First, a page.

Abbas Kiarostami, the world-famous Iranian film director who passed away on July 4 in Paris, is being remembered in lectures, conferences and film screenings all around the world. One such event was an in memoriam screening of his movie Close-Up – at the Close-Up Theatre in London in July.
During the event, writer Geoff Andrew, actress Mania Akbari, and film historian Ehsan Khoshbakht spoke of Mr. Kiarostami’s career and its influence on world cinema. The event was sold out almost immediately after it was first announced. Many non-Iranian fans of Mr. Kiarostami’s were also present, and along with the Iranians in attendance, they honored the late director’s distinguished personality and career.
Mania Akbari – the actress in Mr. Kiarostami’s movie Ten, which was shot entirely inside a car – said Mr. Kiarostami’s earlier movie Close-Up had had a very direct impact on her life. “When you watch this film,” she said, “you forget many of your own problems.”
Geoff Andrew, a British film writer who was close to Mr. Kiarostami for many years, described the director as a “special artist with a particular view of the world.”
“Kiarostami’s cinema could change your perspective on things,” he said. “Sometimes, after watching one of his films, you found yourself thinking that the world could actually be viewed in a different way.” Mr. Andrew noted that Kiarostami would unquestionably leave a permanent mark on the history of world cinema.
Mr. Khoshbakht, the critic and film historian, remembered his first encounter with Kiarostami’s cinema: “During our childhood and youth, the Center for Intellectual Development screened many films for children. One day, we saw a film called Close-Up, whose director we didn’t know.”
“Throughout the film, Kiarostami shows us that this machine [the movie camera] is an instrument for presenting the truth,” Mr. Khoshbakht added. “No one has ever been able to represent the truth through the camera lens as well as Kiarostami has – either before or after the Revolution.”
Members of the audience paid their own personal tributes.
“Like Iranian poetry, Kiarostami’s cinema does not belong to any particular geographical area,” said one participant. “You can see that with the presence of the many non-Iranians at this event. Kiarostami will be remembered all over the world as a distinguished figure. Yet, as is often the case, he was never fully appreciated in Iran. The nature of art is not to belong to a given time or place. That’s why I am certain that Kiarostami’s films will be remembered worldwide, for years to come.”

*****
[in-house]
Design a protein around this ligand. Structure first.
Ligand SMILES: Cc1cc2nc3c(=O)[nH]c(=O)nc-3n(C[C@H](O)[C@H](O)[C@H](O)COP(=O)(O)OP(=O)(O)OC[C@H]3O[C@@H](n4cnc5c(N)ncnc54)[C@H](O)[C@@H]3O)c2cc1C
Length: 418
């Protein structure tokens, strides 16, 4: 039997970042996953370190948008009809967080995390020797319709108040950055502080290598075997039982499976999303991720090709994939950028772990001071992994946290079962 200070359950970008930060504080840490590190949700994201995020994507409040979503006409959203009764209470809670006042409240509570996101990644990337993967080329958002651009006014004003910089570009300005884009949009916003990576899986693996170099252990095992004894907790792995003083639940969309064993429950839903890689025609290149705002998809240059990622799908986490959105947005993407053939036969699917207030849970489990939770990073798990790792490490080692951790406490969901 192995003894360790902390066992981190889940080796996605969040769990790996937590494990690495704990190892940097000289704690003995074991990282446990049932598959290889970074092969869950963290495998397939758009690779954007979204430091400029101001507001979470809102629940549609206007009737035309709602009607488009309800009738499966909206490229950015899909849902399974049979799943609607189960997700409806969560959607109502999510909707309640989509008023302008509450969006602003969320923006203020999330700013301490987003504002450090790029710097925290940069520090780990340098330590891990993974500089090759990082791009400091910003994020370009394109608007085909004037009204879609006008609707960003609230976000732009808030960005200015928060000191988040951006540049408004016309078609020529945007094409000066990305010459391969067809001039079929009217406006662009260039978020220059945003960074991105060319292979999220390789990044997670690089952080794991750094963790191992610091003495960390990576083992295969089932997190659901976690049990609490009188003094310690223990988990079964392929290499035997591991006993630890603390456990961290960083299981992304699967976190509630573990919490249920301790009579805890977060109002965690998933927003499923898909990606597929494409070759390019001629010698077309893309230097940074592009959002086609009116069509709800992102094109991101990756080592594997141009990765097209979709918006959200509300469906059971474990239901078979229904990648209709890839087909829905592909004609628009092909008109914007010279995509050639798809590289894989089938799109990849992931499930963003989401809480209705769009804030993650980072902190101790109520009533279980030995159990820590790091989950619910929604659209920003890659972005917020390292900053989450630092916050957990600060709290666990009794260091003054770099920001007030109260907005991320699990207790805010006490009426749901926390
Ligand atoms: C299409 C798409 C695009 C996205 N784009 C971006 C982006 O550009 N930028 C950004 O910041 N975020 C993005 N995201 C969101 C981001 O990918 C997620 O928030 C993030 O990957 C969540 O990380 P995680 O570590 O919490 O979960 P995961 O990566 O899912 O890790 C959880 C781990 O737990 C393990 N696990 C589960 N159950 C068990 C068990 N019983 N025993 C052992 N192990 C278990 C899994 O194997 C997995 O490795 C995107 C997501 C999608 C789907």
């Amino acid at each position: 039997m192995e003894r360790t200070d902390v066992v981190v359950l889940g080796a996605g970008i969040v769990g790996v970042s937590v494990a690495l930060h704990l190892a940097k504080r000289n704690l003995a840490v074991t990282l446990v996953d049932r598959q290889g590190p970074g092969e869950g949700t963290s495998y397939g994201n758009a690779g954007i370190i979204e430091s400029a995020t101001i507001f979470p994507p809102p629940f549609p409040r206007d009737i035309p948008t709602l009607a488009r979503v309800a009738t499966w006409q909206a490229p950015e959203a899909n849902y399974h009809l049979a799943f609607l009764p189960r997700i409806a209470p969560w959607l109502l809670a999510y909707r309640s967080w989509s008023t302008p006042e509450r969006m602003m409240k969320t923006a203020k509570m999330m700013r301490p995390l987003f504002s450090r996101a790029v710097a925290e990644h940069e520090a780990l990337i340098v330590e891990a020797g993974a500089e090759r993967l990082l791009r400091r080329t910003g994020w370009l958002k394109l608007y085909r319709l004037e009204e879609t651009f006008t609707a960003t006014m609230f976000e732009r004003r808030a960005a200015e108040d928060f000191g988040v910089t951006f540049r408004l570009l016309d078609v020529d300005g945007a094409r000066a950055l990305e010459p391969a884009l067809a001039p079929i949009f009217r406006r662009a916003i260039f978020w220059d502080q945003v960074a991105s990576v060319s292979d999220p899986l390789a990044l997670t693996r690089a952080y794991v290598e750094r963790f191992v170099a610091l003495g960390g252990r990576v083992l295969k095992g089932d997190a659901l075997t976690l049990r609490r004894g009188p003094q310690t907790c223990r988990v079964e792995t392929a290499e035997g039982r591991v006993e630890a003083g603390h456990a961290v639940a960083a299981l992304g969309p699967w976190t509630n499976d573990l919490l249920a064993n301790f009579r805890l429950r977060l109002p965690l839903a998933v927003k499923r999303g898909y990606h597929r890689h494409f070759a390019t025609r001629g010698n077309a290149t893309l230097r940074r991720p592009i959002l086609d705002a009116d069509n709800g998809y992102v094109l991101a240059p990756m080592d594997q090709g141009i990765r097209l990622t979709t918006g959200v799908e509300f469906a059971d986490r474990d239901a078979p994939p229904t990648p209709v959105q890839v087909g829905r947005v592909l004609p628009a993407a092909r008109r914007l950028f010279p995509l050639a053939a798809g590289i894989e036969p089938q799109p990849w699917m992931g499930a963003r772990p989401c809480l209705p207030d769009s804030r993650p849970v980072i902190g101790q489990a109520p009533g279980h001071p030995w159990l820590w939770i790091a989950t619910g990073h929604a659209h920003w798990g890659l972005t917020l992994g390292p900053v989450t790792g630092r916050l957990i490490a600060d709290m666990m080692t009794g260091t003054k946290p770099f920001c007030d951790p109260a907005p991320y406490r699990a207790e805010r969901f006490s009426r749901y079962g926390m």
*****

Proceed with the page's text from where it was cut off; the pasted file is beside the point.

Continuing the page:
Another guest noted that there were “very few people who could ever take the place of Kiarostami. His cinema had a unique and inimitable style. Though he remained in Iran for years and had many problems, his name was universally recognized, and he was honored every time he set foot outside Iran’s borders. This is the tragedy of history: We do not appreciate many of our artists in their lifetime. When they pass away, we roll out a red carpet for their funeral, and show up to honor them by the tens of thousands. In any event, Kiarostami’s name will never be forgotten in the world of cinema.”
One non-Iranian spectator referred to Kiarostami’s work as “the cinema of life” and said: “Kiarostami depicted stories of everyday life with tremendous ease – a simple and accessible life. What I see in the movie Ten is geographically and socially remote to what I am. Yet Kiarostami did a great job of putting me in that situation.”
“I have come here today to honor Kiarostami,” concluded the spectator, “and hope there will be more opportunities for screenings of and discussions around his films.”
(Text and photography by Kamyar Behrang)